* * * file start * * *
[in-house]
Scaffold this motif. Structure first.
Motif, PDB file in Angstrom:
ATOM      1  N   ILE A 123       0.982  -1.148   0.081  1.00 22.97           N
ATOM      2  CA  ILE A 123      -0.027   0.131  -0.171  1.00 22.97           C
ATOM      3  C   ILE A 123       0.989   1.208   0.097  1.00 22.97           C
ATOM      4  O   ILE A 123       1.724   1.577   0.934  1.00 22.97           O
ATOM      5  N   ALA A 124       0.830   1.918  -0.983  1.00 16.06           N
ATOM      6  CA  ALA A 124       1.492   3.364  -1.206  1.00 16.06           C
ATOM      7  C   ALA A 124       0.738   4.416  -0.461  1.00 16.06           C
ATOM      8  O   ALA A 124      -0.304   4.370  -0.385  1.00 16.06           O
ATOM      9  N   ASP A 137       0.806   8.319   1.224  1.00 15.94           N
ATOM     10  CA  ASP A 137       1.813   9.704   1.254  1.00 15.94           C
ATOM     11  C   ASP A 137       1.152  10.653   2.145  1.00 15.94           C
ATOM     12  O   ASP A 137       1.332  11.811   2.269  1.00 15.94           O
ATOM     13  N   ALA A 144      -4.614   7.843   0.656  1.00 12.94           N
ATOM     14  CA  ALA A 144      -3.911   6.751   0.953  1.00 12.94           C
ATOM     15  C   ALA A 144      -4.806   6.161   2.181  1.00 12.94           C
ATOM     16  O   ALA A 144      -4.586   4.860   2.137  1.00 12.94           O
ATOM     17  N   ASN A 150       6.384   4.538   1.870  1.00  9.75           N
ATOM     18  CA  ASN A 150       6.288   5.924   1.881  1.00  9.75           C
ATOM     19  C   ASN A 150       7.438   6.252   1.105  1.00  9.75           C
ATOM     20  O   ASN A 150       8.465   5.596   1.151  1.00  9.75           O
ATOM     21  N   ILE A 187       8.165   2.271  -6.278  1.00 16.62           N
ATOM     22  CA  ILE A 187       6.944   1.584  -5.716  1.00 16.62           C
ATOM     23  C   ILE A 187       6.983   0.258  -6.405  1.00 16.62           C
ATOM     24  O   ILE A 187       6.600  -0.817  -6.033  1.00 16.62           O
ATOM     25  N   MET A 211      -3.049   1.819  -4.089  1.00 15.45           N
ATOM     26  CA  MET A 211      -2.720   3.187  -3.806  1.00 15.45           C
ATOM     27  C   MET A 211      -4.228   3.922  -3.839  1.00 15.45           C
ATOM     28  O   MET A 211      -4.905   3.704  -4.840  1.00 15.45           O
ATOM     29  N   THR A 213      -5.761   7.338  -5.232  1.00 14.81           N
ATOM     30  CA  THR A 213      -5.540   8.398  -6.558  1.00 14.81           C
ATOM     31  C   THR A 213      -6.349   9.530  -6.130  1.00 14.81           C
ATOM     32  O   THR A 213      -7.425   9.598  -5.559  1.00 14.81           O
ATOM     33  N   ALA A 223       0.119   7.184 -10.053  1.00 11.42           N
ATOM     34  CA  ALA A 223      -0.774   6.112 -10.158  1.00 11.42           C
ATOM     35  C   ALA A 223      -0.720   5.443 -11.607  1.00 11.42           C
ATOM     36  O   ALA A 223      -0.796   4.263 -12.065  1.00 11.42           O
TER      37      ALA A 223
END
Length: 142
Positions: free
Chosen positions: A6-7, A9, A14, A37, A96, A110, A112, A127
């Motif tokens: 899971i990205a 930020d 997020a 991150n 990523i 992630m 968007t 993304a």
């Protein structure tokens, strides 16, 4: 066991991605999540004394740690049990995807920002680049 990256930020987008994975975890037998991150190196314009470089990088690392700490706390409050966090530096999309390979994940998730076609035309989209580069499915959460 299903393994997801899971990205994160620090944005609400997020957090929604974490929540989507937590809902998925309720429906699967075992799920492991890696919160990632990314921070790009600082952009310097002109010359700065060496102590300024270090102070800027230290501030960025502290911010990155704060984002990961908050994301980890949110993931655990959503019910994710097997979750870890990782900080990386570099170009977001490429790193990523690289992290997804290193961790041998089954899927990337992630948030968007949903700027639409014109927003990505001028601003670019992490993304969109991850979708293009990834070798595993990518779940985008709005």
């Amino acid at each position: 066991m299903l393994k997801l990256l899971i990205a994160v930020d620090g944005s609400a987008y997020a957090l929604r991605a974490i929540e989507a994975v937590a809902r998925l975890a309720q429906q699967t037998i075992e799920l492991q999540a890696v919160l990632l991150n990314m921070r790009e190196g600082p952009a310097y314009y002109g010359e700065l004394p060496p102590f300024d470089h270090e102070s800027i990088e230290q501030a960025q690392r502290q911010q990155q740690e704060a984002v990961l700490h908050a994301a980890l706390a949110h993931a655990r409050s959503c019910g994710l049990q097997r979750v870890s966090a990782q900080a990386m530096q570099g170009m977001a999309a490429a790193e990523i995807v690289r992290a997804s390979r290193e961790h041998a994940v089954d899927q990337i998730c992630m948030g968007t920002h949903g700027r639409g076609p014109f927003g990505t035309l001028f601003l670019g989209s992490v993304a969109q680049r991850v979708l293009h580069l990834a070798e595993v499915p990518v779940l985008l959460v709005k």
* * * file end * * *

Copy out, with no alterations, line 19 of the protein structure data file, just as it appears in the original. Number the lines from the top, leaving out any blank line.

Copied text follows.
ATOM     16  O   ALA A 144      -4.586   4.860   2.137  1.00 12.94           O